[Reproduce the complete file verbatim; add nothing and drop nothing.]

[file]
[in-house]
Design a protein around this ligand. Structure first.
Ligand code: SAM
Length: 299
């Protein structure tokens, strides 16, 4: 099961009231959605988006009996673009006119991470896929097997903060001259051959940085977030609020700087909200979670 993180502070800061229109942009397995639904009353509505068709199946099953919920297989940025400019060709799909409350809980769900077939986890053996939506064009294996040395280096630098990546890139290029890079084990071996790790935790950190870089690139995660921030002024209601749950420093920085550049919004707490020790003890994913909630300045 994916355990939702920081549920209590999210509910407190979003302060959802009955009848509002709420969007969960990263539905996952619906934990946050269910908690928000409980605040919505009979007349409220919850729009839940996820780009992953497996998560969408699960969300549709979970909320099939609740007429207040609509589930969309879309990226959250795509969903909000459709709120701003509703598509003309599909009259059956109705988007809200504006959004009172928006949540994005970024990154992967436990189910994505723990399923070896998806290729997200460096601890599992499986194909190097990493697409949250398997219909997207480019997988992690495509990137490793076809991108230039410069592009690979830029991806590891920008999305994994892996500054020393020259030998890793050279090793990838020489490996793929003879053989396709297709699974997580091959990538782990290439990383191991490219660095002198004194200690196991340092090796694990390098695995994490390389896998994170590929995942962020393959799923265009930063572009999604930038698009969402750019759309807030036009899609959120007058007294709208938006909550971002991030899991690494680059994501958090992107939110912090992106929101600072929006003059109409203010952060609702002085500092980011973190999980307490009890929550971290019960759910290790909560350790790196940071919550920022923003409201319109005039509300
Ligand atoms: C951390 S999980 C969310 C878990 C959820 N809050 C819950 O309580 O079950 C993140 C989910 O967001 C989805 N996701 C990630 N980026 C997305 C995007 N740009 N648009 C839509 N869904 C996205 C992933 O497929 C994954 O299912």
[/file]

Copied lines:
[in-house]
Design a protein around this ligand. Structure first.
Ligand code: SAM
Length: 299
């Protein structure tokens, strides 16, 4: 099961009231959605988006009996673009006119991470896929097997903060001259051959940085977030609020700087909200979670 993180502070800061229109942009397995639904009353509505068709199946099953919920297989940025400019060709799909409350809980769900077939986890053996939506064009294996040395280096630098990546890139290029890079084990071996790790935790950190870089690139995660921030002024209601749950420093920085550049919004707490020790003890994913909630300045 994916355990939702920081549920209590999210509910407190979003302060959802009955009848509002709420969007969960990263539905996952619906934990946050269910908690928000409980605040919505009979007349409220919850729009839940996820780009992953497996998560969408699960969300549709979970909320099939609740007429207040609509589930969309879309990226959250795509969903909000459709709120701003509703598509003309599909009259059956109705988007809200504006959004009172928006949540994005970024990154992967436990189910994505723990399923070896998806290729997200460096601890599992499986194909190097990493697409949250398997219909997207480019997988992690495509990137490793076809991108230039410069592009690979830029991806590891920008999305994994892996500054020393020259030998890793050279090793990838020489490996793929003879053989396709297709699974997580091959990538782990290439990383191991490219660095002198004194200690196991340092090796694990390098695995994490390389896998994170590929995942962020393959799923265009930063572009999604930038698009969402750019759309807030036009899609959120007058007294709208938006909550971002991030899991690494680059994501958090992107939110912090992106929101600072929006003059109409203010952060609702002085500092980011973190999980307490009890929550971290019960759910290790909560350790790196940071919550920022923003409201319109005039509300
Ligand atoms: C951390 S999980 C969310 C878990 C959820 N809050 C819950 O309580 O079950 C993140 C989910 O967001 C989805 N996701 C990630 N980026 C997305 C995007 N740009 N648009 C839509 N869904 C996205 C992933 O497929 C994954 O299912």